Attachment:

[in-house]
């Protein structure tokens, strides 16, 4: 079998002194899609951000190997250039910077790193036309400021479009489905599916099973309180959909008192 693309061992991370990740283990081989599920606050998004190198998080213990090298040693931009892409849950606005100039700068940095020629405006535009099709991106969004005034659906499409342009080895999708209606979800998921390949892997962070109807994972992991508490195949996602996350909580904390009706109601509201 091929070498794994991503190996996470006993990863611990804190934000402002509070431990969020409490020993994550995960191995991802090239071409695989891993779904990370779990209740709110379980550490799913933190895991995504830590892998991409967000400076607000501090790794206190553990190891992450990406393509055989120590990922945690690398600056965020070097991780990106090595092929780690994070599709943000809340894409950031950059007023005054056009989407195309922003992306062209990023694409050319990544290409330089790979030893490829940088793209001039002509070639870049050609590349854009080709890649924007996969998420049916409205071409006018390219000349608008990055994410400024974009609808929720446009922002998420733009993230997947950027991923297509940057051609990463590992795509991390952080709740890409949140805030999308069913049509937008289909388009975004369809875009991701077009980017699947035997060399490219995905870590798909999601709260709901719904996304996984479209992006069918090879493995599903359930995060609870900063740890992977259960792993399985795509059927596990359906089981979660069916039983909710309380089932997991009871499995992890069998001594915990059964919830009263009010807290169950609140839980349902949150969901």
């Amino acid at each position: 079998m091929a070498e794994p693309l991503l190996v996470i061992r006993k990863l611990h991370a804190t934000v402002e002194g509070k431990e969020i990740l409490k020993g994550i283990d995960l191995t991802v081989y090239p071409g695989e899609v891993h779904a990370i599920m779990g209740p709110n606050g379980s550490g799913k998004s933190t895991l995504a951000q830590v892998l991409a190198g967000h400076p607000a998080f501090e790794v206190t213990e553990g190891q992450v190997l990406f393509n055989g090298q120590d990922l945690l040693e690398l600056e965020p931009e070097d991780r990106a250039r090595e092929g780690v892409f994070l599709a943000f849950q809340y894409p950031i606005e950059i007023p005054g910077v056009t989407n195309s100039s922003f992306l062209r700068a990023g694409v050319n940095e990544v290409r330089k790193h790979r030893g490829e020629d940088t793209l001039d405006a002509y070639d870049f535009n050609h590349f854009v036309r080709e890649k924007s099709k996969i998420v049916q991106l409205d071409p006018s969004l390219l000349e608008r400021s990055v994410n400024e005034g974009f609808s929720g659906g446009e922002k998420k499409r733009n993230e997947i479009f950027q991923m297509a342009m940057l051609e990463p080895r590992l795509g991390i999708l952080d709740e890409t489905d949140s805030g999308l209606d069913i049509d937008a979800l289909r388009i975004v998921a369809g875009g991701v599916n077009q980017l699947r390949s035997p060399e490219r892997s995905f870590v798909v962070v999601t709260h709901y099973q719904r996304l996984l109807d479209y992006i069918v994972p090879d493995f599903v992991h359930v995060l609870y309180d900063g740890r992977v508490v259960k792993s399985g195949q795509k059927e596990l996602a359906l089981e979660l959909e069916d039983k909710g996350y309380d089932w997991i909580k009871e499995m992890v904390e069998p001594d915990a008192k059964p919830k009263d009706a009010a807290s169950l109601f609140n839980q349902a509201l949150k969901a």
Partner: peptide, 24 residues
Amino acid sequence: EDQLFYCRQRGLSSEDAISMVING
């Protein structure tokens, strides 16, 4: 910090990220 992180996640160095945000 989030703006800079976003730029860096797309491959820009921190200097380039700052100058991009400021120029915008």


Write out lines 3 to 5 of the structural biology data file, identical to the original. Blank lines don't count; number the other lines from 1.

């Amino acid at each position: 079998m091929a070498e794994p693309l991503l190996v996470i061992r006993k990863l611990h991370a804190t934000v402002e002194g509070k431990e969020i990740l409490k020993g994550i283990d995960l191995t991802v081989y090239p071409g695989e899609v891993h779904a990370i599920m779990g209740p709110n606050g379980s550490g799913k998004s933190t895991l995504a951000q830590v892998l991409a190198g967000h400076p607000a998080f501090e790794v206190t213990e553990g190891q992450v190997l990406f393509n055989g090298q120590d990922l945690l040693e690398l600056e965020p931009e070097d991780r990106a250039r090595e092929g780690v892409f994070l599709a943000f849950q809340y894409p950031i606005e950059i007023p005054g910077v056009t989407n195309s100039s922003f992306l062209r700068a990023g694409v050319n940095e990544v290409r330089k790193h790979r030893g490829e020629d940088t793209l001039d405006a002509y070639d870049f535009n050609h590349f854009v036309r080709e890649k924007s099709k996969i998420v049916q991106l409205d071409p006018s969004l390219l000349e608008r400021s990055v994410n400024e005034g974009f609808s929720g659906g446009e922002k998420k499409r733009n993230e997947i479009f950027q991923m297509a342009m940057l051609e990463p080895r590992l795509g991390i999708l952080d709740e890409t489905d949140s805030g999308l209606d069913i049509d937008a979800l289909r388009i975004v998921a369809g875009g991701v599916n077009q980017l699947r390949s035997p060399e490219r892997s995905f870590v798909v962070v999601t709260h709901y099973q719904r996304l996984l109807d479209y992006i069918v994972p090879d493995f599903v992991h359930v995060l609870y309180d900063g740890r992977v508490v259960k792993s399985g195949q795509k059927e596990l996602a359906l089981e979660l959909e069916d039983k909710g996350y309380d089932w997991i909580k009871e499995m992890v904390e069998p001594d915990a008192k059964p919830k009263d009706a009010a807290s169950l109601f609140n839980q349902a509201l949150k969901a």
Partner: peptide, 24 residues
Amino acid sequence: EDQLFYCRQRGLSSEDAISMVING